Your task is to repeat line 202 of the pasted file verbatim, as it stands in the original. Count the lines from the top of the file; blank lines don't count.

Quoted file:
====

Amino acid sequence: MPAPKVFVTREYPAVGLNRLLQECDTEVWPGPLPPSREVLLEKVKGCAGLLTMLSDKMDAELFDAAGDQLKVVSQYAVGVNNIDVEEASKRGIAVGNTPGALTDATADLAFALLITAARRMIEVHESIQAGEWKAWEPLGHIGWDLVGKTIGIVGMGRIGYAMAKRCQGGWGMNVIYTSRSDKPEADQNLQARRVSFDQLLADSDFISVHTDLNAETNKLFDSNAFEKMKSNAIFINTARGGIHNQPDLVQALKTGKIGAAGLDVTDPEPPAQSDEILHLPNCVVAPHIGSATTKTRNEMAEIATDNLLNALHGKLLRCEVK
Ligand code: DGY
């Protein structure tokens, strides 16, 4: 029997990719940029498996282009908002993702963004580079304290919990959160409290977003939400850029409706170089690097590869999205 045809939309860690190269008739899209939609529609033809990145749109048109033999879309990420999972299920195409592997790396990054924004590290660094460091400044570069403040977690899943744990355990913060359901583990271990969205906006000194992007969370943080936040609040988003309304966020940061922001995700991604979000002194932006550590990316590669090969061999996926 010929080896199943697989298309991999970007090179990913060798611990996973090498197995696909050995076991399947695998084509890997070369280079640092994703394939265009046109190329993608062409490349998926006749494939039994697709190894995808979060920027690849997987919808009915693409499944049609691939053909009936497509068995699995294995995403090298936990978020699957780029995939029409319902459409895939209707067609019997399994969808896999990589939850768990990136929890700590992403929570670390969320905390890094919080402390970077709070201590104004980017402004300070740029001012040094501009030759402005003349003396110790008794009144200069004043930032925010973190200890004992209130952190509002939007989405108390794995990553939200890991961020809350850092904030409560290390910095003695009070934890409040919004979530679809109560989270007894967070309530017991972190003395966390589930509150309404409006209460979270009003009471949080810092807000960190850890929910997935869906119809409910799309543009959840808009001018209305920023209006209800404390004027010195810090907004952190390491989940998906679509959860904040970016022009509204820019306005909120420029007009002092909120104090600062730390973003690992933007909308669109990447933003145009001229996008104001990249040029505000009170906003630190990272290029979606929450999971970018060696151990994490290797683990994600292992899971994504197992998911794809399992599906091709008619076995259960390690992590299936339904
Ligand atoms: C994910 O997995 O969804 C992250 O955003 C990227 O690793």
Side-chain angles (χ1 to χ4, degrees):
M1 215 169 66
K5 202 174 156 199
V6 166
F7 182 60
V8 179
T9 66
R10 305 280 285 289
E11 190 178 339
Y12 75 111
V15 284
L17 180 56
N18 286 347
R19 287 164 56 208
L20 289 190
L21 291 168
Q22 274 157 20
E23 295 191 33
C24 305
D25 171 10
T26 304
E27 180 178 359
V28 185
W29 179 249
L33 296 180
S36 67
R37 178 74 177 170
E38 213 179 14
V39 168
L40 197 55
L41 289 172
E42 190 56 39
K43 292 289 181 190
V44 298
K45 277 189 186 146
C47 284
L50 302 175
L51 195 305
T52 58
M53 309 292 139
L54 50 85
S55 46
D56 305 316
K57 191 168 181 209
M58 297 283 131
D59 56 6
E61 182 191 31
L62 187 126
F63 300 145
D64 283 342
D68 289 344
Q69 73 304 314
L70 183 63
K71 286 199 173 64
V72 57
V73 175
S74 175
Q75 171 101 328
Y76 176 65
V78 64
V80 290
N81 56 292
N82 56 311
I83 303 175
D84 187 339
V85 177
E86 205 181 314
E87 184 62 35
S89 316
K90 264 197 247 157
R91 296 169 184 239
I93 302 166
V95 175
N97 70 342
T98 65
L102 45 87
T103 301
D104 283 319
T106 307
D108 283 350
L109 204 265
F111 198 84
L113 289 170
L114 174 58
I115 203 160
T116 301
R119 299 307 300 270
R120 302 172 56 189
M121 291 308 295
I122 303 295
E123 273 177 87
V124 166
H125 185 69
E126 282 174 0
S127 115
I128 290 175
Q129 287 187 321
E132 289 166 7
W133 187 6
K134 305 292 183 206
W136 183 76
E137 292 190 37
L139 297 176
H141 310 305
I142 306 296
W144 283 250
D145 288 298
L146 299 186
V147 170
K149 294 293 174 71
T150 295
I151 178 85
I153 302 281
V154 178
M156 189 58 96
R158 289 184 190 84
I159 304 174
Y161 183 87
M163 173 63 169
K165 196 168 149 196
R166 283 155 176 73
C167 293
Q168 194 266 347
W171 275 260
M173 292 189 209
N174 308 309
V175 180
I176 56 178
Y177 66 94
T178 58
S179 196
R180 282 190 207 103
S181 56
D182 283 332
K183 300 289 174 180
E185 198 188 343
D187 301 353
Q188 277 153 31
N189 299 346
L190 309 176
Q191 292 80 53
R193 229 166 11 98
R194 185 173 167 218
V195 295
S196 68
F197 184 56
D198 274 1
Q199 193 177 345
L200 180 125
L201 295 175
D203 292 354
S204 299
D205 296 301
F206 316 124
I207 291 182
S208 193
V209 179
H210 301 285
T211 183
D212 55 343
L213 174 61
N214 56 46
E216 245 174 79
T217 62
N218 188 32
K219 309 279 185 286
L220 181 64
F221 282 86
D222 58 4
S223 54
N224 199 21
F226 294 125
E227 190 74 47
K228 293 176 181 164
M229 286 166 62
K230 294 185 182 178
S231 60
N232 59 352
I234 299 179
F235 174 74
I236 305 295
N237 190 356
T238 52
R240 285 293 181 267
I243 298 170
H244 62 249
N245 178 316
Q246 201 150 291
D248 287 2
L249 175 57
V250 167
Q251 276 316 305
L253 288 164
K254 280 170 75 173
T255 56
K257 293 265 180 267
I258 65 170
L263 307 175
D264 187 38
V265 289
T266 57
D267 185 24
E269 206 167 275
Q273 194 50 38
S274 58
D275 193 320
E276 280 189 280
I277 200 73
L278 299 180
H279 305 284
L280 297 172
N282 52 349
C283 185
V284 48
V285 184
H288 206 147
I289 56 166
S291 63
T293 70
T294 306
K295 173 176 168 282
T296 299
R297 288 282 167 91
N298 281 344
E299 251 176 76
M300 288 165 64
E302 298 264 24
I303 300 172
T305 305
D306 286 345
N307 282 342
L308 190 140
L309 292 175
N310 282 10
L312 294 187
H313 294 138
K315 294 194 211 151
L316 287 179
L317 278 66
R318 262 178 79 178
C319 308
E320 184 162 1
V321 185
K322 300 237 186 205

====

L263 307 175